DubWars is no different in this regard, as it blends a twin stick shooter with a rhythm game in an interesting way. Instead of the intensity and dynamics changing procedurally in a game like Beat Hazard, every enemy and level in DubWars has been crafted from start to finish. The only thing for the player to do is move and aim, as even the player's weapons are tied to the music and fire automatically. On paper it sounds like a pretty dull experience, but when you get your hands on DubWars and begin to learn your way through each level, the precision of the structure shows its worth.

As the name suggest, DubWars features mostly dub step tracks throughout its ten levels. You can get through every level pretty quickly, but you're going to want to replay them all over time. There are difficulty levels for each, which unlock as you progress, but you also pick up "wubs" to spend on weapon upgrades and health each time you play. This effectively makes the levels easier as you progress through a difficulty level, before ramping it up when you move on to the next.

I found the tracks varied and enjoyable enough to not get annoying, even though there are some that clearly stand out from the pack. However, it's a matter of taste and if you can't stand EDM/dub step music, then look away now because there's nothing for you here.

Fortunately, the real meat of DubWars comes from its weapon system, which auto-fires and has been carefully programmed to suit each track. Auto-fire is an immediate con for me in most shooters, as I prefer to have a bit more control, but there's a pay-off in this game that makes it all worthwhile.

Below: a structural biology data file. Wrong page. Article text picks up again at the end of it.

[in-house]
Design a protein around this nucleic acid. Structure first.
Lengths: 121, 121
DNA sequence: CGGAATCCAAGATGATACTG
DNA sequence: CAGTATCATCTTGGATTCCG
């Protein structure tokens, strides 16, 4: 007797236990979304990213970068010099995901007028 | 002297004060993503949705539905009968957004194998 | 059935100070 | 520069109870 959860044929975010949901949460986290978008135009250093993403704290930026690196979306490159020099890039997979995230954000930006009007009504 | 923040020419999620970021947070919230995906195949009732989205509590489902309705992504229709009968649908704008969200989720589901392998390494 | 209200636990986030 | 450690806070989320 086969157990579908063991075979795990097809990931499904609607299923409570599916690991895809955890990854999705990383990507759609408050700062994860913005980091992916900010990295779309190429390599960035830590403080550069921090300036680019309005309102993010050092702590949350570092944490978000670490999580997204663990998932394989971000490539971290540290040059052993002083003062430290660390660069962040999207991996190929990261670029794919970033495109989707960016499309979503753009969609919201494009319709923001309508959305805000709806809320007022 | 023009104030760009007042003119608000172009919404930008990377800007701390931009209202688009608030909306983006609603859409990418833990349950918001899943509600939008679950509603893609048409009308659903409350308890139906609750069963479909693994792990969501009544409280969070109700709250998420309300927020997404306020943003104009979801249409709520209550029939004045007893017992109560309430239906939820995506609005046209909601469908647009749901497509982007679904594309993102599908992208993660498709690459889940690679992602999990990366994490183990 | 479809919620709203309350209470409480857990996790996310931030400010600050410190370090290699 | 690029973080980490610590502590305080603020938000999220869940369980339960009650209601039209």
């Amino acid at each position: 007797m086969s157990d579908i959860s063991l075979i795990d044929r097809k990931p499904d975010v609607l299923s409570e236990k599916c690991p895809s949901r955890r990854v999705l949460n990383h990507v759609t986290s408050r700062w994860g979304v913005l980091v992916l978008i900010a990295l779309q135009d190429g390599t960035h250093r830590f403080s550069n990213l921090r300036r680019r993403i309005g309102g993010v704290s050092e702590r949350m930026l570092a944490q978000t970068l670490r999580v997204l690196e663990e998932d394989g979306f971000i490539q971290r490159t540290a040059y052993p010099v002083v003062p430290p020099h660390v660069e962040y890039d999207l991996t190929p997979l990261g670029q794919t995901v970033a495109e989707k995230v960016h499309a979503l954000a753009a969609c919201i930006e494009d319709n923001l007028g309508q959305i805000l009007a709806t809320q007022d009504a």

It feels like every instrument in each track has a weapon associated with it. You'll get some short range wide pulses when the kick hits, all the way up to piercing lasers firing in time with stabs and flourishes. The flow of each level is emphasised by the way your weapons change and react to the music in different ways throughout. While similar themes are kept along the way, there's enough difference in each level's loadout to make them feel unique and separate from one another.

I can't emphasise enough how the flow of each level creates a visceral feel through the changing weapons. In mellow sections you're getting close with short range powerful weapons, before lighting up the stage at the high points with colourful lasers flashing all over the place. There's a real ebb and flow that comes from having that control taken away, as it seems to have allowed the developer to create a visual landscape complimenting the natural dynamics of the music.

One of the only criticisms I have for DubWars is that the backgrounds of each level can often be confusing, as they make it hard to see enemies against such busy backdrops. The art is certainly interesting and unique, which I like a lot, but at times with all the visuals happening on screen, it's easy to lose track of what's actually going on.

At ten bucks on Steam, it's hard to hold too much against DubWars, as it's clearly a passion project that loves some EDM. There may only be ten levels, but I found myself wanting to replay them again and again, even just to get some more "wubs" to upgrade my weapons. I can't stress how satisfying it is to be running away from a mob of enemies as the music winds down, only to unleash a barrage of lasers into the crowd, right as the beat drops.

There's a fantastic marriage between music and gameplay in DubWars that I haven't seen in many other games. While Audiosurf stands as the pinnacle of procedural rhythm games, I think DubWars might find a place at the crafted end of the table.

Did I mention lasers? There's a lot of lasers… and I'm totally cool with that.